It is bad enough that for more than two decades, residents of and visitors to Georgetown, the capital of Guyana, have had their senses assaulted by the sight and smell of garbage. Piles and piles of it, thrown just about anywhere and left sometimes for weeks at a time.
Worse, residents have had their yards, and often, their homes flooded after the slightest drizzle of rain, causing damage to costly furniture and appliances, because drains, canals and alleyways are clogged with thick mud, riotously growing vegetation, which almost seems as if it has been fed with Miracle Gro and again, garbage – plastic bags, bottles and cups and cardboard and styrofoam boxes.
Worse still, cockroaches, mice, rats as hugs as cats and countless other vermin live in and around these ad hoc dumpsites, exposing the entire city to disease. It is the children who suffer the most. A visit to any paediatrician’s office or hospital on any given day will reveal scores of children with unusual fevers, diarrhoea and coughs, brought on by airborne viruses. City Paediatrician Dr Rohan Jabour complains endlessly about the state of the city and its effect on children’s health – to no avail.
While some city residents are not completely blameless, the ultimate responsibility lies with those who govern the affairs of the city and by extension the country as well. It must be noted here, that the scenario described above does not only exist in the capital, but in other towns and in rural areas also. This column, however, just deals with Georgetown today and there’s a reason for this.
Last week, the central government embarked on what it called a ‘massive’ clean-up exercise, involving over 400 workers. The Government Information Agency (GINA) duly trotted out a press release, complete with a photograph of the workers relaxing after a morning of ‘hard work’. However, a look around Georgetown revealed that this was nothing more than a publicity stunt and of course, a waste of resources. There was as much as or perhaps even more garbage than before and obviously, the workers would have had to be paid.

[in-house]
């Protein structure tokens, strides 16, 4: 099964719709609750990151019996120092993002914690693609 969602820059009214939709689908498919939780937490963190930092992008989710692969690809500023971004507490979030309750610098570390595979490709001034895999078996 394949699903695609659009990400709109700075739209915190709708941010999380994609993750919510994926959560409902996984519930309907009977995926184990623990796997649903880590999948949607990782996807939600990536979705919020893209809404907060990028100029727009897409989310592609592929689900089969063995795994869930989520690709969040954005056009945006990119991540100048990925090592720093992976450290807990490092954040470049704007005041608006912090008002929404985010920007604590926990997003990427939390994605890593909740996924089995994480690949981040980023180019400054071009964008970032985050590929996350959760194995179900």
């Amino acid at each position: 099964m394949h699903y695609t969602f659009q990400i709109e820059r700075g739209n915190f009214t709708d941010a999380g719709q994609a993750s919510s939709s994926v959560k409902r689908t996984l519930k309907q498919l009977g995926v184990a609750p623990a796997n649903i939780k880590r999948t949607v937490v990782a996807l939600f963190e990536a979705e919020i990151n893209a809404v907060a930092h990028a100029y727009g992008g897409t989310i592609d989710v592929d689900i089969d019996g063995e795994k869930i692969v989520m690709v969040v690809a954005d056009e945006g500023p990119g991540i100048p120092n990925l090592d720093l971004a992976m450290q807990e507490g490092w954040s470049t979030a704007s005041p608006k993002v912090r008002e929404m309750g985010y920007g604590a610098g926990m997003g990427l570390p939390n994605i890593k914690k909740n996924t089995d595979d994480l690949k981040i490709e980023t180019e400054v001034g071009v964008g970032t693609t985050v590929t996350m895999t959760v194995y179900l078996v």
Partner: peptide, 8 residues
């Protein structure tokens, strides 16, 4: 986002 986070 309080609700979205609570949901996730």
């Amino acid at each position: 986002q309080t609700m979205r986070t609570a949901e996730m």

To add insult to injury and not to have its nose put out of joint by the government, this week, the Mayor and City Council (M&CC) started its own ‘massive’ clean-up campaign, which it said would last ten days. Despite giving it a fixed period, the M&CC said it hoped this current campaign would be “more sustainable” than its previous efforts.
How can a ten-day campaign be sustainable? What happens after the ten days? If city residents were not so apathetic with regard to the dump they have to live in, this surely would have raised their ire. In any case, neither the central government nor the M&CC have any business conducting any clean-up campaign. The former must provide the mandate and the means; the latter must keep the city clean every single day – not just for Christmas, tourism conferences and World Cup cricket. Hasn’t the government learned anything from its so-called rehabilitation of Le Repentir earlier this year?
Garbage disposal and collection are major issues, which City Hall just cannot seem to get a handle on. There are ongoing problems with garbage contractors, a dearth of properly functioning trucks belonging to the city and a new dumpsite that does not operate as it should, which we have all heard of ad nauseam. There are also business owners who compound the issue by having odd-job men—many of whom are drug addicts—clean their premises and dispose of their garbage daily. This they do by taking the rubbish to the nearest corner or empty lot and dumping it there. Everyone is aware of this, City Hall, the business owners and even the government, yet it continues. Other drug addicts, mentally ill persons and stray animals, which the city has a surfeit of, routinely rummage in garbage bins and at the corner dumpsites, spreading the problem further.
What is sad is that there is nothing written here that is new. Everyone knows what the problem is: the President, the Prime Minister, the Mayor, the Leader of the Opposition, the Cabinet, the MPs; they all know. Many of these individuals live in the city. They drive past the filth two or more times a day—for instance, there is a ‘dumpsite a few yards from the home of a top government official—but they all routinely ignore it. This speaks volumes about all of us but more so about the people we have elected to govern our affairs.
Georgetown is dying, virtually drowning in a stinking mess, while the country’s elected officials trumpet ‘development’ and point to the haphazard construction of buildings and roads. Absolute garbage!